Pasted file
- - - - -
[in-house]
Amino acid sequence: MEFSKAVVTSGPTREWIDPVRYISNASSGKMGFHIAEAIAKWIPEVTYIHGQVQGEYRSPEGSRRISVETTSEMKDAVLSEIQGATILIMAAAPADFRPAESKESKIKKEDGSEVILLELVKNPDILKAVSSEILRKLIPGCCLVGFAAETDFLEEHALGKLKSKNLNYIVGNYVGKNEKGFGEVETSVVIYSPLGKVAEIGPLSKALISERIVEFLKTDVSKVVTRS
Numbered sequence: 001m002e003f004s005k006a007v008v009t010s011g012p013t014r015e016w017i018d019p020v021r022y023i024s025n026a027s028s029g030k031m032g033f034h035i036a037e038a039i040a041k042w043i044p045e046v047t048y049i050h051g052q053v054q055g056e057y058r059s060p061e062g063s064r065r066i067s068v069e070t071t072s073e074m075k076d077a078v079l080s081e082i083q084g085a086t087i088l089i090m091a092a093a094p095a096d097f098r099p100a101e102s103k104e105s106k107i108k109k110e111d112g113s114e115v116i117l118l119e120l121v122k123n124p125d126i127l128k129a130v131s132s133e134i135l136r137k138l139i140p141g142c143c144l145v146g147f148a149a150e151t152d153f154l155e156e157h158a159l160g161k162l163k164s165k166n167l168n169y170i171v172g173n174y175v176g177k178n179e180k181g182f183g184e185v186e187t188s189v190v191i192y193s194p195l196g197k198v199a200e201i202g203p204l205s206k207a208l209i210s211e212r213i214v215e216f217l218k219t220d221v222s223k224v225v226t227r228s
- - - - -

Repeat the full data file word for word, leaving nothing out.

[in-house]
Amino acid sequence: MEFSKAVVTSGPTREWIDPVRYISNASSGKMGFHIAEAIAKWIPEVTYIHGQVQGEYRSPEGSRRISVETTSEMKDAVLSEIQGATILIMAAAPADFRPAESKESKIKKEDGSEVILLELVKNPDILKAVSSEILRKLIPGCCLVGFAAETDFLEEHALGKLKSKNLNYIVGNYVGKNEKGFGEVETSVVIYSPLGKVAEIGPLSKALISERIVEFLKTDVSKVVTRS
Numbered sequence: 001m002e003f004s005k006a007v008v009t010s011g012p013t014r015e016w017i018d019p020v021r022y023i024s025n026a027s028s029g030k031m032g033f034h035i036a037e038a039i040a041k042w043i044p045e046v047t048y049i050h051g052q053v054q055g056e057y058r059s060p061e062g063s064r065r066i067s068v069e070t071t072s073e074m075k076d077a078v079l080s081e082i083q084g085a086t087i088l089i090m091a092a093a094p095a096d097f098r099p100a101e102s103k104e105s106k107i108k109k110e111d112g113s114e115v116i117l118l119e120l121v122k123n124p125d126i127l128k129a130v131s132s133e134i135l136r137k138l139i140p141g142c143c144l145v146g147f148a149a150e151t152d153f154l155e156e157h158a159l160g161k162l163k164s165k166n167l168n169y170i171v172g173n174y175v176g177k178n179e180k181g182f183g184e185v186e187t188s189v190v191i192y193s194p195l196g197k198v199a200e201i202g203p204l205s206k207a208l209i210s211e212r213i214v215e216f217l218k219t220d221v222s223k224v225v226t227r228s